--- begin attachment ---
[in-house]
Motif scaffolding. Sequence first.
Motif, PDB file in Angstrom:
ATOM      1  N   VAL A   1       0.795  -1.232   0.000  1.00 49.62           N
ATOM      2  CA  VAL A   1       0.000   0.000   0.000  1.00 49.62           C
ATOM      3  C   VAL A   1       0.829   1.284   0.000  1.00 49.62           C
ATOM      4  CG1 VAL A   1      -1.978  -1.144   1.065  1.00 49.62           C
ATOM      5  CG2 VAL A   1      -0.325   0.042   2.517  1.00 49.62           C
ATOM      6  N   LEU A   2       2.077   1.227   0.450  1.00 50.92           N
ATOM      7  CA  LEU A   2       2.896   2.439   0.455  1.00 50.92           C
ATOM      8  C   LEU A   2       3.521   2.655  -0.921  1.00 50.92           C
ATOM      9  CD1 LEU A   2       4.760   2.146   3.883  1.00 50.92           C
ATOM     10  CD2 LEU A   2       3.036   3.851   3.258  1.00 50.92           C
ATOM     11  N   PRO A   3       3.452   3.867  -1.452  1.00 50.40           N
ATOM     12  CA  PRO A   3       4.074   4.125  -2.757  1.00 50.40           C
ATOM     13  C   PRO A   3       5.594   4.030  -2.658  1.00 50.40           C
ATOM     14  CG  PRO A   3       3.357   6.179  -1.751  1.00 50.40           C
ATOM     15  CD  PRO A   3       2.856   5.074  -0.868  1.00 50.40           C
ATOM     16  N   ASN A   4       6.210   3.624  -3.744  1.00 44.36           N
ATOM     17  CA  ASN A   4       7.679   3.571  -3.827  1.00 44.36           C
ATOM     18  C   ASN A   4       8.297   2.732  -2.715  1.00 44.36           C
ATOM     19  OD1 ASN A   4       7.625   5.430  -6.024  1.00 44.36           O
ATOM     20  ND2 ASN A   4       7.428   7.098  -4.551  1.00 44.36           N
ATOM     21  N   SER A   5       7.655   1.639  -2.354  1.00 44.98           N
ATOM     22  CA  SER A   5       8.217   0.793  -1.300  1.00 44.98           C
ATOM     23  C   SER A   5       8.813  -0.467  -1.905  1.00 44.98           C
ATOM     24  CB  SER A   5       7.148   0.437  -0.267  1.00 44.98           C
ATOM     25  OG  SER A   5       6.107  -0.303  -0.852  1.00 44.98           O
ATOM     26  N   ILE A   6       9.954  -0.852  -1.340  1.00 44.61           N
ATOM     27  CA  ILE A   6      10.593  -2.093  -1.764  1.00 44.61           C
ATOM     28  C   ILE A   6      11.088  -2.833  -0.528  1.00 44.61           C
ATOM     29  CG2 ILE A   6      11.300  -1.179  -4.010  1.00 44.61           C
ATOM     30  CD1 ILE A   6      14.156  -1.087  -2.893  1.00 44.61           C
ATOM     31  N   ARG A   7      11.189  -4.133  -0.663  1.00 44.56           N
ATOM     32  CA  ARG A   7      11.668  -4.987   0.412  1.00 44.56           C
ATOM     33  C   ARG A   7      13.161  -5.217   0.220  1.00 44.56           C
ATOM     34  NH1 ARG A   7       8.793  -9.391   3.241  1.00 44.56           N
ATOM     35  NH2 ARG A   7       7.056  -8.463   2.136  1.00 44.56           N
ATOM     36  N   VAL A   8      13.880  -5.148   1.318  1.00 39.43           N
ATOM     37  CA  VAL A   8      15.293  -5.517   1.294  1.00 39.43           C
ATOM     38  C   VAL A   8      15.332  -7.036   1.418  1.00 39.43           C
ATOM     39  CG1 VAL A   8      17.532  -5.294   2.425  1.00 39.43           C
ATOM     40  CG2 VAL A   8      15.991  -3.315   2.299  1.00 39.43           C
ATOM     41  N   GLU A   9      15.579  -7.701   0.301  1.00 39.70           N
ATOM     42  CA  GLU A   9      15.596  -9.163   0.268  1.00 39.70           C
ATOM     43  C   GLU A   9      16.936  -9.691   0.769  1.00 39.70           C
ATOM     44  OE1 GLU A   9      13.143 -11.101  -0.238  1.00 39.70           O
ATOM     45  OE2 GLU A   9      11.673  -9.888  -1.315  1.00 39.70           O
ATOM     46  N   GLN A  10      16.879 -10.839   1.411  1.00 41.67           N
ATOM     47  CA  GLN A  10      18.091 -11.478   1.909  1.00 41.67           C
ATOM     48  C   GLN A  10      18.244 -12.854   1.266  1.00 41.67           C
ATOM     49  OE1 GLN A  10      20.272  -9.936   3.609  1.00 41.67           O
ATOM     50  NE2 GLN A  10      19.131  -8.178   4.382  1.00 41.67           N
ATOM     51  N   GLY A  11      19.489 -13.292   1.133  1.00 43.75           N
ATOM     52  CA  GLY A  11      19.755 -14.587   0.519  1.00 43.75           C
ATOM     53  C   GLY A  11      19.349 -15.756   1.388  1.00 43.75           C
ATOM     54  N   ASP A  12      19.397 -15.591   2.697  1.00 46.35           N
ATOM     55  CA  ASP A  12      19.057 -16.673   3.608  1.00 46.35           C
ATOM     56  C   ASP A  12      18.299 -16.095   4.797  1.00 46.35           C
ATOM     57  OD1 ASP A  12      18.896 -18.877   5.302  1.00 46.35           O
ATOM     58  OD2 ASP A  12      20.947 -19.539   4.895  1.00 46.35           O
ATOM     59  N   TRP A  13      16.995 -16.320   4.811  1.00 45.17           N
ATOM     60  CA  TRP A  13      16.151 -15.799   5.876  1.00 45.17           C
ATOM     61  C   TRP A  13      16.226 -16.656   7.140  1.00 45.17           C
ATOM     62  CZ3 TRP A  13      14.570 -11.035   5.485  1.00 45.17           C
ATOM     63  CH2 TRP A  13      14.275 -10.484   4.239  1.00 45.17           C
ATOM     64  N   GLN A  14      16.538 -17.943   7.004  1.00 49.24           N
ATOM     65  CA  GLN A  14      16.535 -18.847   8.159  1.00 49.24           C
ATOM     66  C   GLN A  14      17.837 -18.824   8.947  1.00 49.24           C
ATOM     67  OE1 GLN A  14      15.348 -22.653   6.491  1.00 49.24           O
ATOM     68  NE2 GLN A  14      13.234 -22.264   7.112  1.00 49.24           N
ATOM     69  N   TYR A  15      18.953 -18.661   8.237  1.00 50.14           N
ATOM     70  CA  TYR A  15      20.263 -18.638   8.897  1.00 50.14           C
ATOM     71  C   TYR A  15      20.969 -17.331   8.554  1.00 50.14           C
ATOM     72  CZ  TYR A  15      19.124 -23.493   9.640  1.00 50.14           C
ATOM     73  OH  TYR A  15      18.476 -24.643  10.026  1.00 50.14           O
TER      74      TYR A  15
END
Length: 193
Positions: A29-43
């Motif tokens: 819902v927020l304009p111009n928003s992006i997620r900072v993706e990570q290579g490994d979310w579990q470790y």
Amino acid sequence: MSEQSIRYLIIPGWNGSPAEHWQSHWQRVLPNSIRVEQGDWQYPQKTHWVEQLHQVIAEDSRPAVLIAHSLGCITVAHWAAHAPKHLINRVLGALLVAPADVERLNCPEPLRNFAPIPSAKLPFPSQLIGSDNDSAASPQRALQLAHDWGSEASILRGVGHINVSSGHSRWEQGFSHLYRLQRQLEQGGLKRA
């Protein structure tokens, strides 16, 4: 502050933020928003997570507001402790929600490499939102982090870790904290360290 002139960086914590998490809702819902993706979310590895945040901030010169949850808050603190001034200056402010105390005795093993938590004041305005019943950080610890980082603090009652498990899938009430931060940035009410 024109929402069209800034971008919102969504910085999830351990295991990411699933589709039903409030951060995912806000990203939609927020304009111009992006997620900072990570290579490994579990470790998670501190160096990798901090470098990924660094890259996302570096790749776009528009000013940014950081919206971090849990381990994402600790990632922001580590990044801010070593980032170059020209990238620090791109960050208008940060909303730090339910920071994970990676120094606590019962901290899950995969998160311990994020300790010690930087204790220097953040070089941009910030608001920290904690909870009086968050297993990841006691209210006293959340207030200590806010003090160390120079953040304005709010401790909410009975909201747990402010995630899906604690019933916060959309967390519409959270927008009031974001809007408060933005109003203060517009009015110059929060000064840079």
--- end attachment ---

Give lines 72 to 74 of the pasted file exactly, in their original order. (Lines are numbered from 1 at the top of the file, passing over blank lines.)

ATOM     69  N   TYR A  15      18.953 -18.661   8.237  1.00 50.14           N
ATOM     70  CA  TYR A  15      20.263 -18.638   8.897  1.00 50.14           C
ATOM     71  C   TYR A  15      20.969 -17.331   8.554  1.00 50.14           C